Medical student Mikayla Mefford, pictured here completing training in the operating room, shares her story of becoming a doctor

Meet Mikayla Mefford

Medical student Mikayla Mefford knew she wanted to become a doctor while watching Alzheimer's disease completely alter her grandfather’s life and personality. Within seven years of his diagnosis, the progressive condition changed him from the active, capable man she knew and loved to someone different. 

“Seeing him lose his sense of self and his autonomy over those seven years was intense,” she says. “You sometimes feel like this person you love so much just isn't there anymore.” 

Alzheimer’s changed Mikayla’s grandfather, but it also impacted the entire family. This opened her eyes to the ways compassionate medical care can have positive ripple effects on both patients and their loved ones. She found it especially impactful to see her grandfather’s physicians sharing vulnerable moments with the family. 

“Having any chronic medical condition can leave people feeling hopeless and alone,” she says. “That kind of vulnerability is the core of human experience. I saw the physicians sharing that with my family, and I thought it would be wonderful to become a doctor and have my own chance to be vulnerable with patients.” 

Fun Fact: Mikayla backpacked part of the Camino de Santiago, a pilgrimage route in Northern Spain. 

Medical student Mikayla Mefford, pictured here with her family during DGSOM’s White Coat Ceremony, shares her story of becoming a doctor

Life as a Med Student 

Before starting medical school at the David Geffen School of Medicine at UCLA (DGSOM), Mikayla engaged with a variety of hands-on medical experiences. She participated in research, clinical care, global health initiatives, and special projects with local unhoused communities. 

“My research experience led me to apply to medical school.” 

Mikayla loves the new knowledge and experience she’s gained since starting med school but finds the relationships she’s formed to be the most fulfilling and rewarding aspect of her time so far at DGSOM. 

“Close relationships are priceless,” she says. “Because medical school can be really hard and make you question yourself. Having someone who can understand and also lift you up and validate you when you need it is really valuable.”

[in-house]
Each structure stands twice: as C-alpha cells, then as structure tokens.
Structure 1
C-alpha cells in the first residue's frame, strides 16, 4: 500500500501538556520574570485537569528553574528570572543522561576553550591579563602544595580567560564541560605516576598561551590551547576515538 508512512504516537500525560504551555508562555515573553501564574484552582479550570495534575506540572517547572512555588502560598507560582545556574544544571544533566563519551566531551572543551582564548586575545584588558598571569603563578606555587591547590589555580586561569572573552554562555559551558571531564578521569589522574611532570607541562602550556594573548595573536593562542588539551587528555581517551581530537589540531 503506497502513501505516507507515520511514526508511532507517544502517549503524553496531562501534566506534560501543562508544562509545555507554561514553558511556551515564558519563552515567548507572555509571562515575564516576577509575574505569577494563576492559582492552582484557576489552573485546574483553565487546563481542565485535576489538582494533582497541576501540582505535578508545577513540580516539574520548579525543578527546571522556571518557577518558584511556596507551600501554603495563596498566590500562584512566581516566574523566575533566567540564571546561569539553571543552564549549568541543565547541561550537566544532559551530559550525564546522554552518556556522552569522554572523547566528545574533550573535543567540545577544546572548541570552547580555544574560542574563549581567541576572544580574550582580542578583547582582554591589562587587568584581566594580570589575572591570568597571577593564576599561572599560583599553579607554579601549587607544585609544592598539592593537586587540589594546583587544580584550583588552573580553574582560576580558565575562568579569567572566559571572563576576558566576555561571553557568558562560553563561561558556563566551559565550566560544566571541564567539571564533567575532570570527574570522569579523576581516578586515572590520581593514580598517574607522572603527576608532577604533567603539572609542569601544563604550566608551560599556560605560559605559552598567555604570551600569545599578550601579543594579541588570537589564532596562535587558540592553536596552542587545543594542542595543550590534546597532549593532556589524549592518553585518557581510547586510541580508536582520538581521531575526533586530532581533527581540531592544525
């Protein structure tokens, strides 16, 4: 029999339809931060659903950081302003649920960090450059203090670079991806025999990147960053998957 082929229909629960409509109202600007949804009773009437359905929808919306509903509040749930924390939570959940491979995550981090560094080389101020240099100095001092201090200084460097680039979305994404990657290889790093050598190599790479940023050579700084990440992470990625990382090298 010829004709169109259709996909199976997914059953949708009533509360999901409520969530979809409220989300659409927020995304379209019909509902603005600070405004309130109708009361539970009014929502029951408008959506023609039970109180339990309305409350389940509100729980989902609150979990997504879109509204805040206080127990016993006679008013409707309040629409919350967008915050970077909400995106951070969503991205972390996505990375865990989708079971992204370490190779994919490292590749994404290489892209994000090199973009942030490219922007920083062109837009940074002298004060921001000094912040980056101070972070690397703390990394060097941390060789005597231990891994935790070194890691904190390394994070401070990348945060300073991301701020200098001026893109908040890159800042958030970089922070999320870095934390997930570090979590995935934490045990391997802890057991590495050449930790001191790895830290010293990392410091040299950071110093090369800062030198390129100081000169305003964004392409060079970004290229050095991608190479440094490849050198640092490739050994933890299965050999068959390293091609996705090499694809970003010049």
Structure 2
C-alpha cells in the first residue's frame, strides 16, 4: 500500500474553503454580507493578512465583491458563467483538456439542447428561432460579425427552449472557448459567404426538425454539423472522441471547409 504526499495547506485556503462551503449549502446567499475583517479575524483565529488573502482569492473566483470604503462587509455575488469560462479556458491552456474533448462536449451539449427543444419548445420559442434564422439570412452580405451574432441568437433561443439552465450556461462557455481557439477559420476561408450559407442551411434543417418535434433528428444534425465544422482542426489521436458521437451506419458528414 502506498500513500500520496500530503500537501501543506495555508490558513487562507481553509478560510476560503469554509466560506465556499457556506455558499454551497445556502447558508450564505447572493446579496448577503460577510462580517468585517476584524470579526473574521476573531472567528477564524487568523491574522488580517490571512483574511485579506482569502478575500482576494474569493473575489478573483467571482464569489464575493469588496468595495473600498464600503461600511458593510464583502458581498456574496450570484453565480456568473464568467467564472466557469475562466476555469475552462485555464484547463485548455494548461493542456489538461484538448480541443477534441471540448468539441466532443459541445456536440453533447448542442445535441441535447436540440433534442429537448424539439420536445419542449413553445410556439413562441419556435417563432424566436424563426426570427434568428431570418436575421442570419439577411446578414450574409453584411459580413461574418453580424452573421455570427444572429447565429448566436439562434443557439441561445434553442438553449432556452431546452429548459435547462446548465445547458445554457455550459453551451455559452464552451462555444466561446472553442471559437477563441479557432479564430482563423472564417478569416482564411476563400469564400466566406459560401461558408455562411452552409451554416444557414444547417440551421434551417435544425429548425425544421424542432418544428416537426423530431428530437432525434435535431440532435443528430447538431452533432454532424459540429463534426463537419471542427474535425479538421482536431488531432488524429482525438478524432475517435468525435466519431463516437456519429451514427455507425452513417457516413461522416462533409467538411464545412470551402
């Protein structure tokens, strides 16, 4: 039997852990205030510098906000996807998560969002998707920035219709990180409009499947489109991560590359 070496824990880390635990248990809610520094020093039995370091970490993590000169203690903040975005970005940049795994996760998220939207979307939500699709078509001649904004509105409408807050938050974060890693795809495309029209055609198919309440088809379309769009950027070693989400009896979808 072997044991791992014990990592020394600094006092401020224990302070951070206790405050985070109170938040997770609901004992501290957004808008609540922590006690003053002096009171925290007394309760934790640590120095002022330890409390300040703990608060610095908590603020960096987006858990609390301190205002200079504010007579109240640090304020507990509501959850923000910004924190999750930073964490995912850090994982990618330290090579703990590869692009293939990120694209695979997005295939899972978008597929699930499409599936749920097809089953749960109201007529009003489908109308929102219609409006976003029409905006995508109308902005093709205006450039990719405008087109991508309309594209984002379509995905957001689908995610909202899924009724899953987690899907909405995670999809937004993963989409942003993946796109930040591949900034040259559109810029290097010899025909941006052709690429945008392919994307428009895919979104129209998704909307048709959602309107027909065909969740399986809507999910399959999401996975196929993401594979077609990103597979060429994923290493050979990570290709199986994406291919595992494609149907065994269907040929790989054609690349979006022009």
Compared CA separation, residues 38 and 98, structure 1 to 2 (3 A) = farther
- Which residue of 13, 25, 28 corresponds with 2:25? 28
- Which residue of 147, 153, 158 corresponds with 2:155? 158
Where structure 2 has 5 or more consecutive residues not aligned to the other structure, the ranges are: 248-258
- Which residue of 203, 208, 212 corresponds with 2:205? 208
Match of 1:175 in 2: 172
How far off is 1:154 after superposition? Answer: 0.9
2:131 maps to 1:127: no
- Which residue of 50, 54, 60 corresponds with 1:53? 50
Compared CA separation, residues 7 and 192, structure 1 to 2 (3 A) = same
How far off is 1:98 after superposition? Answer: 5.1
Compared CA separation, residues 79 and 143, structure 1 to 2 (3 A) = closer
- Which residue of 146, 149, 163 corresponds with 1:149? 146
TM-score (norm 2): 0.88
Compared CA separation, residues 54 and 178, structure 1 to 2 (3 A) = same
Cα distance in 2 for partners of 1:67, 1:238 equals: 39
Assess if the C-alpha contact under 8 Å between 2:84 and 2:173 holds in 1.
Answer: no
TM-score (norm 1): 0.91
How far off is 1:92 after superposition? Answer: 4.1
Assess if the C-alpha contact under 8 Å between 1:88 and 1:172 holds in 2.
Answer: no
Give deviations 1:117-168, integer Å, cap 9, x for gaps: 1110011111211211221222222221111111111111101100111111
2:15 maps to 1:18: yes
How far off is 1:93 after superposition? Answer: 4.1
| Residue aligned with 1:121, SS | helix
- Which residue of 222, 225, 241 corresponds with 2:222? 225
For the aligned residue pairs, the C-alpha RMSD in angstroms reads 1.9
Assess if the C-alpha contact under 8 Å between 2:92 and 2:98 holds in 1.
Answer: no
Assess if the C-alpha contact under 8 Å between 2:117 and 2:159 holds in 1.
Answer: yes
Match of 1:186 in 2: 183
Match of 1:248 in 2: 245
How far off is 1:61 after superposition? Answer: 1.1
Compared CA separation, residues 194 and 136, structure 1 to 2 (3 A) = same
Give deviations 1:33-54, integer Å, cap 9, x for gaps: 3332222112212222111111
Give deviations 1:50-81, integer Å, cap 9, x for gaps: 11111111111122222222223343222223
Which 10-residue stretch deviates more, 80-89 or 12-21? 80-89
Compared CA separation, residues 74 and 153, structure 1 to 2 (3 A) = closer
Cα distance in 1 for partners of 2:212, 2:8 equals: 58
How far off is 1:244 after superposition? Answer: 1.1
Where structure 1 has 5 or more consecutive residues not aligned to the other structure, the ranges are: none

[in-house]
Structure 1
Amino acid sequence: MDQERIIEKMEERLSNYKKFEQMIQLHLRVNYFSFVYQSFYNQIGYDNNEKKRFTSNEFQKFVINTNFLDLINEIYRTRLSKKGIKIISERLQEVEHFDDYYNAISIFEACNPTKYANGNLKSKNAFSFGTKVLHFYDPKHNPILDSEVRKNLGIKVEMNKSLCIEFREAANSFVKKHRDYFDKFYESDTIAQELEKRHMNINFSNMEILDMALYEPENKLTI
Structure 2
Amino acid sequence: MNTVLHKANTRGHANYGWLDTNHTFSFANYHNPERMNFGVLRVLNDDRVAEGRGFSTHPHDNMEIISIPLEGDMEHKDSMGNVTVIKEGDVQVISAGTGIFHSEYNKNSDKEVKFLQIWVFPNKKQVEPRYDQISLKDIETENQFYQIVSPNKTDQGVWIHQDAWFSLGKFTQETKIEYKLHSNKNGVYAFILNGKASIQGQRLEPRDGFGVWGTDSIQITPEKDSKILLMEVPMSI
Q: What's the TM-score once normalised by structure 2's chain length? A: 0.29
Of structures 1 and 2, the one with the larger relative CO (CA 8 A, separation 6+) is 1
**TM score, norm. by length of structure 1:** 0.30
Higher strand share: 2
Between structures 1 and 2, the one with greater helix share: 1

Mikayla learned the importance of having a strong sense of community early in life. Growing up, she spent a lot of time at the local swimming pool. Her mother coached swimmers and always brought Mikayla and her siblings along to the pool. Mikayla has fond memories of their pool time, but more importantly, of bonding with her family as well as the broader community. 

Medical student Mikayla Mefford, pictured here as a child in the pool with her mother, shares her story of becoming a doctor

She loves feeling as supported by her new DGSOM community as she did by her childhood community. 

In addition to academic commitments, Mikayla participates in anti-trafficking work with the American Medical Women’s Association’s initiative, Physicians Against the Trafficking of Humans (PATH).

“We do education for health care providers—medical students, doctors, nurses, social workers, and anyone working in the hospital—on how we can best support and care for patients who either have been trafficked or are currently being trafficked.” 

She remembers a trafficking incident that rocked her hometown and inspired her to get involved in finding solutions to the broader problem. 

“When individuals being trafficked need medical care and enter the healthcare system, medical professionals have a unique opportunity,” she says. “It's a good place to identify those people and try to help them and support them.” 

Keeping Patients Top of Mind

When it comes to deciding what kind of doctor she wants to be, Mikayla faces a relatively positive problem. She’s not yet sure what specialty she’d like to pursue—but only because she’s found things to love about so many of them. Orthopedics, emergency medicine, and internal medicine are among the current frontrunners, but she’s committed to staying open minded and seeing where her training path leads her. 

She feels confident that whatever she chooses will involve caring for patients and their families throughout chronic illness.

Medical student Mikayla Mefford, pictured here with anatomy teaching aids, shares her story of becoming a doctor

Mikayla advises anyone interested in pursuing a career in medicine to also invest in their own self-worth and in finding fulfillment in areas outside of medicine, publications, and accomplishments. 

“We dedicate a lot of time to medical activities and success. They are important parts of our identity, but they fluctuate,” she explains. “It’s important to also invest energy in the way you treat people, interact with people, and the compassion you give.” 

She also hopes everyone gives themselves a chance. During her med-school application process, she worried about getting into UCLA. She overcame her reservations and applied anyway. Looking back, she’s stunned to think she almost didn’t even apply. 

“Let yourself take every chance,” she says to aspiring med students. “Put the application that makes you nervous out there. You've worked hard, and you deserve to contribute your story and your experience.” 

At the end of a long day, when Mikayla feels the pressures of performing in the classroom and in the clinic, she finds it helpful to remember why she wanted to be a doctor in the first place. She thinks about her patients—past, present, and future. 

“I think about getting to be with them during these scary moments in their lives,” she says. “I’m so grateful to have the opportunity to do that. It’s a beautiful side of life you don't always get to see beyond the hospital.”